Despite having received an abundant amount of advance fanfare, the departure of lawyer Richard Fields from the Shelby County Democratic Party came to pass Thursday night of last week with minimum ceremony.
It was announced almost matter-of-factly to the members of the party's executive committee, gathered for their regular monthly meeting at the IBEW Union Hall on Madison, by one Bob Tuke, the state Democratic chairman visiting from Nashville.
In as calm a manner as could be imagined, the lawyer and ex-Marine rhapsodized for a minute or two about the graces of the Shelby County party, then segued into his point: "I am pleased to tell you ... that the situation that you thought you were going to have to deal with has been resolved. Richard Fields has been gracious enough to offer his resignation as an executive committee member, which we appreciate very much. He will continue to pursue the case that he has now, that he feels strongly about. When that case is resolved, one way or the other, it doesn't matter which way, he's welcome to run for that seat again."
All this, which was followed by other amenities on Tuke's part, drew relieved applause from an audience of Democrats who had been divided on the Fields matter for more than a week. Even though word of the ultimate settlement had gotten out before the meeting began, there were still a few zealots on either side of the issue who had proclaimed themselves ready either to denounce Fields for representing defeated Republican state Senate candidate Terry Roland in his election appeal against his victorious Democratic opponent, Ophelia Ford, or to defend him to the rhetorical death.
The understated manner of Tuke, who had planned to be in town anyhow to attend an earlier party fund-raiser, was enough to quell in advance any such heroics, while it also complemented the equally measured style of local chairman Matt Kuhn, who had begun to take brickbats from assorted bloggers for reputed "weakness" in dealing with the crisis but came off instead as simply being properly restrained.
The center of all this controversy, Fields, seemed to understand that any words from him would be anticlimactic and departed quietly shortly thereafter, as the meeting went on to other matters.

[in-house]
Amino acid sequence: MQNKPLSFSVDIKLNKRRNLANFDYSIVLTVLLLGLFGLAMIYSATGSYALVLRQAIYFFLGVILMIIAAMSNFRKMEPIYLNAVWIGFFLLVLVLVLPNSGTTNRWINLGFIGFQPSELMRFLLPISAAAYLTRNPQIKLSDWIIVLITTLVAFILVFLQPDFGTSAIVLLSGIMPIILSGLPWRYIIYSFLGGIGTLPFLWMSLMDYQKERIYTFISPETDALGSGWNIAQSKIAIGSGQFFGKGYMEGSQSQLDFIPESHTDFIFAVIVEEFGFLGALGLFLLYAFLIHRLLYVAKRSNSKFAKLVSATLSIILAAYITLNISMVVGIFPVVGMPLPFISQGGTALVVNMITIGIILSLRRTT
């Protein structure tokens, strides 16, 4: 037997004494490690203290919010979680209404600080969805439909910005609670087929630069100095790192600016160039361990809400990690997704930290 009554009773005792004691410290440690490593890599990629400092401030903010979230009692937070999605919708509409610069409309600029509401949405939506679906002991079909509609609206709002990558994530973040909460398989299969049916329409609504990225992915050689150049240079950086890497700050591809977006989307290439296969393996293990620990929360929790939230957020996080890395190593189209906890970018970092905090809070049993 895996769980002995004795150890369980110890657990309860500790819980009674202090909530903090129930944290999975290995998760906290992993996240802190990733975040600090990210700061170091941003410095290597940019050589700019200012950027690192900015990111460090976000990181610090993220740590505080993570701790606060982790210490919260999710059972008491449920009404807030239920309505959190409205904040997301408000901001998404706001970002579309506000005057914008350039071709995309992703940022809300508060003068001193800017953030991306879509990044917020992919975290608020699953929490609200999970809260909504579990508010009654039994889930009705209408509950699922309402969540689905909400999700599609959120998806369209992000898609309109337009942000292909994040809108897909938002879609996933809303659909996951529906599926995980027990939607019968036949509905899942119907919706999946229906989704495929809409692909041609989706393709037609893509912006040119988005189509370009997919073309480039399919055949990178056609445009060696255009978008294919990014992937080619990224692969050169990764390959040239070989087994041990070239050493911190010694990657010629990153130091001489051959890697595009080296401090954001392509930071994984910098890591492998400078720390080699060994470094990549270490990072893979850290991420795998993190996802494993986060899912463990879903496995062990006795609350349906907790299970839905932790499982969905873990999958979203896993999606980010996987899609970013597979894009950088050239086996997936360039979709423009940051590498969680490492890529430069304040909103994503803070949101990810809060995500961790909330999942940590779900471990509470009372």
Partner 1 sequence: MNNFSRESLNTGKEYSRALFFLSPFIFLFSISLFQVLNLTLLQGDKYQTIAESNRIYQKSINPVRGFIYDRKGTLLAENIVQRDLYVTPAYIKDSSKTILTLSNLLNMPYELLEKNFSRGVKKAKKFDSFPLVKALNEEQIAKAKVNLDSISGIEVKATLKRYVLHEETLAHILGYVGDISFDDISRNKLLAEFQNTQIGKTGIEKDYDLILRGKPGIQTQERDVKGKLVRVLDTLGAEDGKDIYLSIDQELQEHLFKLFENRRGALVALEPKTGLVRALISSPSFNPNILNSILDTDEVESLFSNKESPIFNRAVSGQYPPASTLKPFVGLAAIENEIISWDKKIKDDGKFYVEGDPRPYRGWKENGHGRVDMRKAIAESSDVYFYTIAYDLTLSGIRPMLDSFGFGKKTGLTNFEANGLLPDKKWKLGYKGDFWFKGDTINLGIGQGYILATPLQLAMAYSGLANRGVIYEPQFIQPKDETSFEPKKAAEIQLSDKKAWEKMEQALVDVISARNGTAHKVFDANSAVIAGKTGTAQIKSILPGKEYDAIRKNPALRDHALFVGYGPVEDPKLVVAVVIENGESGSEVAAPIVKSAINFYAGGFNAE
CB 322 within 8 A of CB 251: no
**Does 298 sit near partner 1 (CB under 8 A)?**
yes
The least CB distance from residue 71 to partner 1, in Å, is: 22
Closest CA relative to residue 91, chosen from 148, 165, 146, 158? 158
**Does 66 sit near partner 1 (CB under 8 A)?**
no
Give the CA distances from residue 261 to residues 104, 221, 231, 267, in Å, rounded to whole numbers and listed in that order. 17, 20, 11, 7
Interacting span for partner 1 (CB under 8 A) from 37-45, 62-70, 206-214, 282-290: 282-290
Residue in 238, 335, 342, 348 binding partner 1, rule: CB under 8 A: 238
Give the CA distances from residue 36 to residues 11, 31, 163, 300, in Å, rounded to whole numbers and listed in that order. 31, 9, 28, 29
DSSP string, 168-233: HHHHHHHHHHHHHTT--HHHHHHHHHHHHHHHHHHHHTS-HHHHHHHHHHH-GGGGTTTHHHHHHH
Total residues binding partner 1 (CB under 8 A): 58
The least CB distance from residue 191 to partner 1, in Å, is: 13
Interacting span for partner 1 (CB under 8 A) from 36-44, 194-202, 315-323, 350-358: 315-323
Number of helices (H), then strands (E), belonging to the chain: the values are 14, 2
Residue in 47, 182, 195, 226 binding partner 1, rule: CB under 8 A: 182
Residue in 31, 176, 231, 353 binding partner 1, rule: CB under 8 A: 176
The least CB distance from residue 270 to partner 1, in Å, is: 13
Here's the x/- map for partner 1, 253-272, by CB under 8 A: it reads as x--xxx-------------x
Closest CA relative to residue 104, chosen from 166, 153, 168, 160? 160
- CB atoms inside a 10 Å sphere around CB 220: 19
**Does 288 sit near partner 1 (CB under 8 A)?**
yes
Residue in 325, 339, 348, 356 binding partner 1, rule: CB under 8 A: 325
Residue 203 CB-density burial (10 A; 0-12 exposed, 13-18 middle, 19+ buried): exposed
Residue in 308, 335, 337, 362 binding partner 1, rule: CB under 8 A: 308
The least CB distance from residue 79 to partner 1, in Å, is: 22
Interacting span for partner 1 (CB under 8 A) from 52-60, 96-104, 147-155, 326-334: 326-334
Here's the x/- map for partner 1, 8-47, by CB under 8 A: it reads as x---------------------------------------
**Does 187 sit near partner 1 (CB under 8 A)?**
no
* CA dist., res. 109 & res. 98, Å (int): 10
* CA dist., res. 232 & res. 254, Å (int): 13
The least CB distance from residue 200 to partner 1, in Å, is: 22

Before he too left, Tuke granted a few press interviews, during which he made it clear that, in telephone conversations that morning, he had told Fields he had to go, and that, however praiseworthy his pro bono legal concerns might be in the abstract, it was inappropriate for him to continue litigating for the GOP's Roland while serving as a Democratic Party official.
How long did it take to get this point across? "Five or 10 minutes," Tuke said mildly. Once again the understatement.
The hard-core defenders of Fields on the committee -- several of whom were prepared to speak on his behalf if the expulsion issue had come to a vote -- represented him, correctly enough, as a veteran public-issues attorney of conviction and courage and suggested that efforts to purge him came down to some kind of witch-hunt.
Some thought that a tad disingenuous, given that Fields had a history vis-à-vis the Ford family and the state Senate seat that was the subject of his current litigation. He had in fact run against Ophelia Ford's brother John Ford in the 2002 Democratic primary -- though not as diligently or as successfully as Roland did this year.
Even more to the point, it was a fact that Fields had been recruited for the Roland appeal by Memphis lawyer John Ryder, the longtime state Republican national committeeman who remains one of the GOP's major strategists. Ryder not only scouted out Fields for his availability but touted him as a likely team member to state Republican chairman Bob Davis and Lang Wiseman, a lawyer and party activist who was already on the case.
Fields appeared with Wiseman and Roland at last Saturday's Dutch Treat Luncheon at the Piccadilly restaurant in southeast Memphis. Looking and sounding somewhat subdued, Fields recapped the position of the Roland legal team as designed merely to ensure that the election process, which culminated on September 15th with a 13-vote victory for Ford over Roland, was fairly conducted.
Both he and Wiseman conceded that their Chancery Court suit was likely to be dismissed and that the ultimate verdict will come when the state Senate convenes in January. The Senate will then be presented with evidence sifted through previously by a six-member bipartisan committee of Senate leaders from both parties.
Said Wiseman: "The Senate is the final authority. They can do what they want to. They can make one of three choices: seat Ms. Ford, void the election and call for a new one, or seat Terry. Obviously seating Terry is a much taller task than voiding the election."
Added Fields: "I think the most they will do is void the election and not seat anyone."
Ironically enough, Fields used his joint appearance with Roland and Wiseman to tout a proposed new election-machine technology called "voter verified paper audit trail" as a means of making post-election recounts more reliable.
This is the same technology that was viewed with alarm by local Republican chairman Bill Giannini, appearing at a pre-election meeting with Roland, as potentially allowing Democratic political bosses to "check up" on their minions "to see if they voted right."